by Pham Binh on January 14, 2013
Richard Seymour’s decision to break party discipline and speak truth to power about the rape allegation scandal consuming the British Socialist Workers Party (SWP) proves that there are honest and upstanding elements in the organization who are doing their best to rectify the litany of outrages committed by its newly re-elected central committee (CC). These elements remain under the illusion that the organization is salvageable, that there is a way out of this self-imposed impasse, that internal reform and open dialogue are possible.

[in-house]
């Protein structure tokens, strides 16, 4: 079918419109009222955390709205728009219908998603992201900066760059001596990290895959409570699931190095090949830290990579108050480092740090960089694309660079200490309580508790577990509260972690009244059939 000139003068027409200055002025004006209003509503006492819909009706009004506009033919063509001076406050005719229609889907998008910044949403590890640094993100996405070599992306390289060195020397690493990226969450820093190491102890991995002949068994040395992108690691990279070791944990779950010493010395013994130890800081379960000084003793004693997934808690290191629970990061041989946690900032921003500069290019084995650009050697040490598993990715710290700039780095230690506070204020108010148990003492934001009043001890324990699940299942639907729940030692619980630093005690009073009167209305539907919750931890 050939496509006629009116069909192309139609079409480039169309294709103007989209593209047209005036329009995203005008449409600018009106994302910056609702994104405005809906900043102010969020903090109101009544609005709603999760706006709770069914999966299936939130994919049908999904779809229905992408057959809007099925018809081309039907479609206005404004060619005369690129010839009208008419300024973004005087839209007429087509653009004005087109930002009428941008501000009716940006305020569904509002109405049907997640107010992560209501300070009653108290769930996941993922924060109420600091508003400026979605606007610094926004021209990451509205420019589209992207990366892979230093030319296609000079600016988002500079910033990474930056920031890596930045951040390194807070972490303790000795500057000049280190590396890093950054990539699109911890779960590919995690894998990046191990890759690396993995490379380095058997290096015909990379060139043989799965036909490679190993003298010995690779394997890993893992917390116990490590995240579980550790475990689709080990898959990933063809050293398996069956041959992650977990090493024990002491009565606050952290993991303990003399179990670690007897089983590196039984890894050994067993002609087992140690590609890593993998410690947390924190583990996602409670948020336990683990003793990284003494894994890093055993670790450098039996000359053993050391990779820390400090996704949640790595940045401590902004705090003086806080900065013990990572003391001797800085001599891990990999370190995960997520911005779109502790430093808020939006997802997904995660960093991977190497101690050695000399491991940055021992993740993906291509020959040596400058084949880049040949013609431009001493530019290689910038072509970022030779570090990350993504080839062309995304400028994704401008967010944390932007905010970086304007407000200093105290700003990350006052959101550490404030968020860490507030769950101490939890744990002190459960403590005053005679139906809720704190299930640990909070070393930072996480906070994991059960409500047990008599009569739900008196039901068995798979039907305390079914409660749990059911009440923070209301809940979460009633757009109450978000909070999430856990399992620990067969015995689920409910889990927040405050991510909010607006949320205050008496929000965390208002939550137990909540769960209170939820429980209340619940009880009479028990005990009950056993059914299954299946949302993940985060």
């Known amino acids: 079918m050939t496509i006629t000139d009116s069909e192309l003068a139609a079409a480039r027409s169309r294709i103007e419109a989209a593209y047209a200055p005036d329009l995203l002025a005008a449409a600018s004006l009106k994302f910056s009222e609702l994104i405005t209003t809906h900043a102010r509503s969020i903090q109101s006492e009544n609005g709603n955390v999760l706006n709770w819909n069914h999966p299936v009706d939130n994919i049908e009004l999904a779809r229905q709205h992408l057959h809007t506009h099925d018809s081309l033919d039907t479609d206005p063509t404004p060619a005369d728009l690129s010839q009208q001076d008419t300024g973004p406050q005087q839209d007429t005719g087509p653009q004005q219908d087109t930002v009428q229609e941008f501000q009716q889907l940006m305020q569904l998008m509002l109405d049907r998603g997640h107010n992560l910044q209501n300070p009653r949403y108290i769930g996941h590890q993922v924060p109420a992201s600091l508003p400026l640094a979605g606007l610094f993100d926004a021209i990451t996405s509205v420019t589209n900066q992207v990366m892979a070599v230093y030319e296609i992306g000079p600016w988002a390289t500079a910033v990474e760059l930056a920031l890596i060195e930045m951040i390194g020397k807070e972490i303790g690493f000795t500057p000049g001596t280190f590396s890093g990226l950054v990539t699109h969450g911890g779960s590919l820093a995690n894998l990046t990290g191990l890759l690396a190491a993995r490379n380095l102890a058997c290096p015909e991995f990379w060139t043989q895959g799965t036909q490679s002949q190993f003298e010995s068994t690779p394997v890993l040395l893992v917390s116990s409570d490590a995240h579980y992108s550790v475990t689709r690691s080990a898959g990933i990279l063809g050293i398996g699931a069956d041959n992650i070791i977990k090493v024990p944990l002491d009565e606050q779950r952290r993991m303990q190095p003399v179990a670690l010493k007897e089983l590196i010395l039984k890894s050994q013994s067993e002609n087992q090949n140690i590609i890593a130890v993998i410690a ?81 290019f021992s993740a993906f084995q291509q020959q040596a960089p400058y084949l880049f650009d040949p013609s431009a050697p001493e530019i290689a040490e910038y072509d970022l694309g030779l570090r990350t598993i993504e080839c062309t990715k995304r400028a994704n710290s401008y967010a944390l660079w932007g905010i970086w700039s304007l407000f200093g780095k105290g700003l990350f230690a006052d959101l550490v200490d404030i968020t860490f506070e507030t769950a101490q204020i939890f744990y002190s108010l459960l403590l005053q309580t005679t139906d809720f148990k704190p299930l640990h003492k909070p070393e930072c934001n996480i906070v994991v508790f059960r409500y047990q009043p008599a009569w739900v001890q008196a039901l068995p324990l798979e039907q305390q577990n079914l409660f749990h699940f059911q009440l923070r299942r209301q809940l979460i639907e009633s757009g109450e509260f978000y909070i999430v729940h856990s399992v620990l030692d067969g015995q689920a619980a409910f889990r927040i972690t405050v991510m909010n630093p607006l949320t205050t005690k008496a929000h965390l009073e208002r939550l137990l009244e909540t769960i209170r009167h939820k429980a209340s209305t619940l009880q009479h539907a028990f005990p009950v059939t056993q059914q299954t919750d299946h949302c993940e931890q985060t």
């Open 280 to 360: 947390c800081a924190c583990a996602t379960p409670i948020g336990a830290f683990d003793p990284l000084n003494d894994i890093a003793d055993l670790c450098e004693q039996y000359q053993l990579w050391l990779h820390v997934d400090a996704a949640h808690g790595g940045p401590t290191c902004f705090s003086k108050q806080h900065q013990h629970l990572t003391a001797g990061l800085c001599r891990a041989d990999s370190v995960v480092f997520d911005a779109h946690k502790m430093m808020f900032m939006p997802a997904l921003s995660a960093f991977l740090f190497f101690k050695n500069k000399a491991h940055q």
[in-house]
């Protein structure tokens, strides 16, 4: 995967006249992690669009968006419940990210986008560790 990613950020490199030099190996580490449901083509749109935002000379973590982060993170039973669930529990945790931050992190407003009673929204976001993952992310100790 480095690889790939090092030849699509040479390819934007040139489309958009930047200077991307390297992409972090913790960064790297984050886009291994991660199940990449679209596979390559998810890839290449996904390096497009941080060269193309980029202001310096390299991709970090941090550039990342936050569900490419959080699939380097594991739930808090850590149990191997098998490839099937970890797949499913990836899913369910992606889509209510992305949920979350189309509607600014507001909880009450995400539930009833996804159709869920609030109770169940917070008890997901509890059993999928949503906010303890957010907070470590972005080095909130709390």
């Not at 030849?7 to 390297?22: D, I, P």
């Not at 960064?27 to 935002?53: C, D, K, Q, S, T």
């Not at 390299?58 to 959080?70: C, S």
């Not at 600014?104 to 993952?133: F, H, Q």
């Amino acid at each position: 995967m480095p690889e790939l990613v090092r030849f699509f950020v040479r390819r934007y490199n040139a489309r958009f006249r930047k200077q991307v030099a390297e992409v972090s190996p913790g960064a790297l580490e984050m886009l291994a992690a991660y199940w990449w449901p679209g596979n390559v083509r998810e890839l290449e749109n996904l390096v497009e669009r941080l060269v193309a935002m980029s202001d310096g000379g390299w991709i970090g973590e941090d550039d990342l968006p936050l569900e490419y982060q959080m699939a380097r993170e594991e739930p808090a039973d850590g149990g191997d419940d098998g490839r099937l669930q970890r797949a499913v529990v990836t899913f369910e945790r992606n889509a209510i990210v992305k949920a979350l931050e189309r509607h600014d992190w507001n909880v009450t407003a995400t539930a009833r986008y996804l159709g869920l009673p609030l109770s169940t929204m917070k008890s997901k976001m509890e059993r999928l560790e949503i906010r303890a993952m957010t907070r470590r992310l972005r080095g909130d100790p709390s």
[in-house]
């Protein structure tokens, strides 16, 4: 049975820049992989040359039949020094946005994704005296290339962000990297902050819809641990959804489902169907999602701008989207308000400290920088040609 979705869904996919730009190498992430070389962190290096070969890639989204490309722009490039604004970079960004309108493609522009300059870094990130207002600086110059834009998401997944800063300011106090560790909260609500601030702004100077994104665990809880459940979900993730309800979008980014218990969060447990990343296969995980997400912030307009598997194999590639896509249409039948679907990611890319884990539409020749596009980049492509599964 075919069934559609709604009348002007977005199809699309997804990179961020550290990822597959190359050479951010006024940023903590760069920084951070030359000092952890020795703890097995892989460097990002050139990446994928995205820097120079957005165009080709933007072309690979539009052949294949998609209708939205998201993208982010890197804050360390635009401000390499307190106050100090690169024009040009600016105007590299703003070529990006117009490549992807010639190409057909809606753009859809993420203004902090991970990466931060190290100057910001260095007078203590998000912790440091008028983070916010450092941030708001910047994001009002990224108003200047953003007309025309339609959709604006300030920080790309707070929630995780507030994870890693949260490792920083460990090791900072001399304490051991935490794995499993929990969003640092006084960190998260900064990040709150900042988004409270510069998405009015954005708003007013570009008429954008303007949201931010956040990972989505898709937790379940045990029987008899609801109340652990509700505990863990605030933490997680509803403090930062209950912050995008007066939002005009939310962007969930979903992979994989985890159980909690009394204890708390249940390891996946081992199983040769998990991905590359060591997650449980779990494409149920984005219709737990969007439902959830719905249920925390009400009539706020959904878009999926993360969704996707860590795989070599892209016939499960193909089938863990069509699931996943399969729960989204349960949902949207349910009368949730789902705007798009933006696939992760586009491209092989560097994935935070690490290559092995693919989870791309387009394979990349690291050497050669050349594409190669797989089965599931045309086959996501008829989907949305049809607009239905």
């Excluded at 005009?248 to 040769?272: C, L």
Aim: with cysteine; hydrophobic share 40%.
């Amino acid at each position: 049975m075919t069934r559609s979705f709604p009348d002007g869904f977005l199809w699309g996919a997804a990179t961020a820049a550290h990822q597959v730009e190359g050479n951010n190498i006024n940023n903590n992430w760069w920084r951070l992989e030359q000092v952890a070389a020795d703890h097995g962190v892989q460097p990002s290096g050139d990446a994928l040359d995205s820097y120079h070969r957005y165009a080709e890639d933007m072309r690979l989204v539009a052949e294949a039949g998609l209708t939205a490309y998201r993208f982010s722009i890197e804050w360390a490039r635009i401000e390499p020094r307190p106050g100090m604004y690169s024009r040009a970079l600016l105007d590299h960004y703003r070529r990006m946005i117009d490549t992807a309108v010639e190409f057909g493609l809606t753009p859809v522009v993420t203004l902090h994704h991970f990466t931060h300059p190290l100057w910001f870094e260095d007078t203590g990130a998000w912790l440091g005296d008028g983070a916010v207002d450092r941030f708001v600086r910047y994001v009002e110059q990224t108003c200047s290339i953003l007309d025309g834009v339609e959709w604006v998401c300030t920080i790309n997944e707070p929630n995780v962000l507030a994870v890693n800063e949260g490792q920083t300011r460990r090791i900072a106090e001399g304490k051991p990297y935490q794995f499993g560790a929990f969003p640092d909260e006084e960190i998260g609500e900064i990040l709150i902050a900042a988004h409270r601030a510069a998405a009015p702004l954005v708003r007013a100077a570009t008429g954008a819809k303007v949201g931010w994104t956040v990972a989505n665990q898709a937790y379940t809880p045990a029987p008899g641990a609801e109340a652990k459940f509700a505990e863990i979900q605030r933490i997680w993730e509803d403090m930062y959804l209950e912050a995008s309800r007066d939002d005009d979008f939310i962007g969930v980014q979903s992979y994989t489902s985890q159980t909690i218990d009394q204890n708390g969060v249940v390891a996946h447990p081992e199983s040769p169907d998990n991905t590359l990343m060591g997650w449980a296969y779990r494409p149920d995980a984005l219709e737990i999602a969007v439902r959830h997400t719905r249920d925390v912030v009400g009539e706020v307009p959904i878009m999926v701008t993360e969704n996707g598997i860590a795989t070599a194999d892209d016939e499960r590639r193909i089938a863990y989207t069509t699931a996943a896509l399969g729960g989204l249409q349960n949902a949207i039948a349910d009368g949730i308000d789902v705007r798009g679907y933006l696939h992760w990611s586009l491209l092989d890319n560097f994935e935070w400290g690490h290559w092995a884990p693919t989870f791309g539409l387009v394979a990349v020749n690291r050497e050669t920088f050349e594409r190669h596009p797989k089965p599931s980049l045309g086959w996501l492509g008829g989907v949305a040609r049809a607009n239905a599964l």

They are in for a rude awakening. Call it the SWP Spring.
Tom Walker, who wrote a powerful and searching resignation letter, is much more advanced in his thinking than the SWP’s critical stalwarts. He notes that the SWP’s indefensible deeds in this scandal are but a Google search away for the prospective recruit and that recreating the SWP in any form will not do. As he put it, “the real problem is that the case ever happened in the first place.”
So how did this case happen in the first place?